E&E News: Spending fight will headline ‘fairly brief’ lame duck

I spoke to Geof Koss of E&E News about the upcoming lame duck session of Congress and the odds of a tax title:

Also waiting in the wings is an assortment of expired energy tax incentives, including for biofuels, alternative vehicles and energy efficiency. There’s bipartisan support in both chambers for doing so, but House Republican leaders continue to resist longer extensions sought by congressional supporters (E&E Daily, Nov. 6).

Liam Donovan, a tax expert and Bracewell principal, said he expects some sort of tax package to emerge in the lame duck, but congressional appetite for tacking on a difficult fight over taxes to the year-end to-do list was unclear.

That would depend on the size and duration of the final spending omnibus. “Because once you crack the door for a tax title, everyone wants to get in,” he said last week, adding that taxes would likely resurface early in the next session of Congress.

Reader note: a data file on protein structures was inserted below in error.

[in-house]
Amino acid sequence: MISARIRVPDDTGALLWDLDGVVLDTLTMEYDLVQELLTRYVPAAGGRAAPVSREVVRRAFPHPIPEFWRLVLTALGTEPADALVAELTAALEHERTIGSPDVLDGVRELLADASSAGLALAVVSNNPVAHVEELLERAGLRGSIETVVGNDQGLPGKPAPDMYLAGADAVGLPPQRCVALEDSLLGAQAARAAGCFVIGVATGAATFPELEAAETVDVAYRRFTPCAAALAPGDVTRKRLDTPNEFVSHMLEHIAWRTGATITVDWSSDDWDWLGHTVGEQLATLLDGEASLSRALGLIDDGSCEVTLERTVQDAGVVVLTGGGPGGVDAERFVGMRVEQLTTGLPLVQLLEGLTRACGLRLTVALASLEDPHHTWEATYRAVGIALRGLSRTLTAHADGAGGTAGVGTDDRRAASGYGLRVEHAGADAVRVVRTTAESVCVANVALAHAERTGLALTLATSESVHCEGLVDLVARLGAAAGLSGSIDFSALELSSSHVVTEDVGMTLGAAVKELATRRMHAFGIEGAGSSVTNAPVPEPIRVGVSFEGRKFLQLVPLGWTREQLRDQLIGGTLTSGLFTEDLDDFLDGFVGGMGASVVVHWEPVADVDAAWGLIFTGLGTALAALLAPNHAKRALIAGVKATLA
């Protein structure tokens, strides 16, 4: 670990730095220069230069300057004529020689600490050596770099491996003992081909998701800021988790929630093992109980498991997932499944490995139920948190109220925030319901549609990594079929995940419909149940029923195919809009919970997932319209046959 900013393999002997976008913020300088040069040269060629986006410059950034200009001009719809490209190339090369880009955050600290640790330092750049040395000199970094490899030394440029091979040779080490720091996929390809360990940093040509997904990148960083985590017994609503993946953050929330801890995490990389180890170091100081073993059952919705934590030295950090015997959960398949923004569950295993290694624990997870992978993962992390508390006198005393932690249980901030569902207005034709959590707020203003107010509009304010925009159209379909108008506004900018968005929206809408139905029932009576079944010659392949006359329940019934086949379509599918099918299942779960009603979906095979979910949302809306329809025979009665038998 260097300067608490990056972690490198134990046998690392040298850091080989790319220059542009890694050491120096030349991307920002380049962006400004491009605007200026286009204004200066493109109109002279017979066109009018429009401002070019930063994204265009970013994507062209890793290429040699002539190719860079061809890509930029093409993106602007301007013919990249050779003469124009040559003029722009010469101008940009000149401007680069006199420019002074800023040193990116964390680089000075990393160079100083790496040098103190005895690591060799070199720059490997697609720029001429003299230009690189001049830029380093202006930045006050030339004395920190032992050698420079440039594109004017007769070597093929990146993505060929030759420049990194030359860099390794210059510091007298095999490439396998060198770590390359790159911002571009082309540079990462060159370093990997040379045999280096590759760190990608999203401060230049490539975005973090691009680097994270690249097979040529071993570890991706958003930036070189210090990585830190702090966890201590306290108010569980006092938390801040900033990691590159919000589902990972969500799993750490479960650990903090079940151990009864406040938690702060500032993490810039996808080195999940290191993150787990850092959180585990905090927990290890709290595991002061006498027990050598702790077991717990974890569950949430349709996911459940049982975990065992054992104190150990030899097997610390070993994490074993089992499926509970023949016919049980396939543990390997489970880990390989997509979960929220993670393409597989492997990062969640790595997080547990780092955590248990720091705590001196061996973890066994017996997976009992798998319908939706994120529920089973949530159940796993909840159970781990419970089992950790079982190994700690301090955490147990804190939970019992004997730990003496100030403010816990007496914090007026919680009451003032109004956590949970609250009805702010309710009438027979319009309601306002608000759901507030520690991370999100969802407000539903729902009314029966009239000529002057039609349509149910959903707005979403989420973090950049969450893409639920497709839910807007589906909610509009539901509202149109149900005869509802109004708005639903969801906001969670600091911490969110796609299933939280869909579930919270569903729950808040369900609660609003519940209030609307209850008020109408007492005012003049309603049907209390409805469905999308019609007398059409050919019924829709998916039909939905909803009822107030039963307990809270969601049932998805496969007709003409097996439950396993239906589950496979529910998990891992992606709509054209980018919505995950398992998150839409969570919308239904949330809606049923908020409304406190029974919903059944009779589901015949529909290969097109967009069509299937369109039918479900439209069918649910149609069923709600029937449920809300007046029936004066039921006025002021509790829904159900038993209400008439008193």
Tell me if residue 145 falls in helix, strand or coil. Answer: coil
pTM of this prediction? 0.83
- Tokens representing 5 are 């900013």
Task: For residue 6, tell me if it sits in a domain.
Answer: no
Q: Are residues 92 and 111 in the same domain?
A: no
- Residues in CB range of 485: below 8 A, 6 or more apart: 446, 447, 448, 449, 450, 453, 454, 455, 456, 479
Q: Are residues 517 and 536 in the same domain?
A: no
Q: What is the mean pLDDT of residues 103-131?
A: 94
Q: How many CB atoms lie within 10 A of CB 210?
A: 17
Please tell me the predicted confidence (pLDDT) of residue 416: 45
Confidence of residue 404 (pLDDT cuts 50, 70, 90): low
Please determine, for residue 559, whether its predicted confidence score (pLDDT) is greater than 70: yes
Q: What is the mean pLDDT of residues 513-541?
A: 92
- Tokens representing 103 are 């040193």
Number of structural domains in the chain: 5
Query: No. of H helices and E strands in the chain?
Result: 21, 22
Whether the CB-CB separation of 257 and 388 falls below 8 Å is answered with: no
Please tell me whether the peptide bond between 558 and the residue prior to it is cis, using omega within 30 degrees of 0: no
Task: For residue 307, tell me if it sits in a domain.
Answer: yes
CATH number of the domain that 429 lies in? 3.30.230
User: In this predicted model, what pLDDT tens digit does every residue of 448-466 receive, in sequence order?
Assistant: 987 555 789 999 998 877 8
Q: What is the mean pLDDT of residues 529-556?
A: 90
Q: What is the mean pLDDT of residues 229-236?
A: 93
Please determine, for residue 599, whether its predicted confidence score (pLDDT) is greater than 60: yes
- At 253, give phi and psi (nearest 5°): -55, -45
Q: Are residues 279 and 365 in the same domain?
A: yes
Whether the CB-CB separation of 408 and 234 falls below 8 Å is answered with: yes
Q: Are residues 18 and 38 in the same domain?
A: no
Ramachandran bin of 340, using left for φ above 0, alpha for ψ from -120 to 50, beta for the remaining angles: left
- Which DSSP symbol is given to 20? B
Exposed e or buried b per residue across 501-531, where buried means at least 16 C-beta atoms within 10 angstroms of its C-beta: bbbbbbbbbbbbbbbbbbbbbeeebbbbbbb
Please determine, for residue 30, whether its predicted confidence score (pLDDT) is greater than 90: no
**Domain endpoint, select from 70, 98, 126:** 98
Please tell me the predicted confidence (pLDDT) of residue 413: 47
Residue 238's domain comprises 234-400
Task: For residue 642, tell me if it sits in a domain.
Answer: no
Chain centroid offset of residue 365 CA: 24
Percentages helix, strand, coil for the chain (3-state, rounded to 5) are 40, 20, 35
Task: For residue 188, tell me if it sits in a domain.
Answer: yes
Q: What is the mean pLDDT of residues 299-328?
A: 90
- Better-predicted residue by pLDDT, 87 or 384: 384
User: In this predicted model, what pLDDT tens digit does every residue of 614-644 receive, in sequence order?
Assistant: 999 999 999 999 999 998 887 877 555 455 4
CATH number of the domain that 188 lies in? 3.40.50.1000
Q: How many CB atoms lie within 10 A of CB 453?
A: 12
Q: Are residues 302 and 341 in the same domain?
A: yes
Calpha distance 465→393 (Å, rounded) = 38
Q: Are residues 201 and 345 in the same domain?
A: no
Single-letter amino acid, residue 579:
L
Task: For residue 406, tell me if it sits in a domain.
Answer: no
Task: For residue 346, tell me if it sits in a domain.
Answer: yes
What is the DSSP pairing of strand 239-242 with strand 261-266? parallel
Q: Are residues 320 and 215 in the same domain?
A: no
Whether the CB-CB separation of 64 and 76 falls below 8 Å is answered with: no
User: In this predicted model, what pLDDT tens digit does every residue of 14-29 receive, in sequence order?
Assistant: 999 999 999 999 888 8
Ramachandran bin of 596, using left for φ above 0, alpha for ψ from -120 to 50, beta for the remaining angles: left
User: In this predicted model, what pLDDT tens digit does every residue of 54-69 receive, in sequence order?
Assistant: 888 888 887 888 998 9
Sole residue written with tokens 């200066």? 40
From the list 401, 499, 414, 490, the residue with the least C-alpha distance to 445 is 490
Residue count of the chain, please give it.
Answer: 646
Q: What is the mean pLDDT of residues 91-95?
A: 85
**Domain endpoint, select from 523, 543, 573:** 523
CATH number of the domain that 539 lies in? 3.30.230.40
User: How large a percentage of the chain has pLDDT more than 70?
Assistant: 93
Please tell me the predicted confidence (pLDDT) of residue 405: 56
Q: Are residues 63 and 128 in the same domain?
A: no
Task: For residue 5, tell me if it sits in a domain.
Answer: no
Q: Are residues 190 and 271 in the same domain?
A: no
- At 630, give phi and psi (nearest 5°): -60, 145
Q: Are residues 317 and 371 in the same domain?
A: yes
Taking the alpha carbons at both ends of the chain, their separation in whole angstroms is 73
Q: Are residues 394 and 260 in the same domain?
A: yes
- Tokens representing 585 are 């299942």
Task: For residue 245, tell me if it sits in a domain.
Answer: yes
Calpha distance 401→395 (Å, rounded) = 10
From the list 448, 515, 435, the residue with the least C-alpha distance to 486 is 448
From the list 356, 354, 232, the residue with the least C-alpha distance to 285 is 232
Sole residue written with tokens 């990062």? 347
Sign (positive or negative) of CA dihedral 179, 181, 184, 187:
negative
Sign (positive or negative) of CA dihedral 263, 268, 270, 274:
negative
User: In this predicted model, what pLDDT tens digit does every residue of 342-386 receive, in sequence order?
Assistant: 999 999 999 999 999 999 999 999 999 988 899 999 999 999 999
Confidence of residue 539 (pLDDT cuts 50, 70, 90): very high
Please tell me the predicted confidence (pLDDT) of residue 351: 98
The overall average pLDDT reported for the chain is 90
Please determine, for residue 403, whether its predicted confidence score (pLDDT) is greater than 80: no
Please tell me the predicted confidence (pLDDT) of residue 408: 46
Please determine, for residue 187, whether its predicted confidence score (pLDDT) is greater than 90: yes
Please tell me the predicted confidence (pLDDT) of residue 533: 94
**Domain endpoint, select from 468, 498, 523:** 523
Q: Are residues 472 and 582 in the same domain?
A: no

Read the entire piece here.

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The Atlantic: How Both Parties Lost the Texas Senate Race

I spoke with Elaina Plott of The Atlantic about the Texas Senate race and political miscalculations on both sides:

But in critiques of O’Rourke’s strategy, the deficiencies of his challenger—and the GOP as a whole—become just as clear. Texas may play host to mostly conservative voters, yes. But massive early-voting numbers and record turnout among minority demographics reveal that the state is shifting not so much in how its citizens decide to vote, but in who decides to show up. “A lot of the patterns last night were predictable,” the Republican strategist Liam Donovan told me. “It was the volume that caught everyone by surprise.” For Cruz, the blind spot was telling: His campaign based its electoral models on 6 million voters, far shy of the 8 million who ultimately turned up to vote. It’s the kind of miscalculation that, if replicated, could spell doom in the future for Republican candidates in Texas and beyond.

Read the entire piece here.

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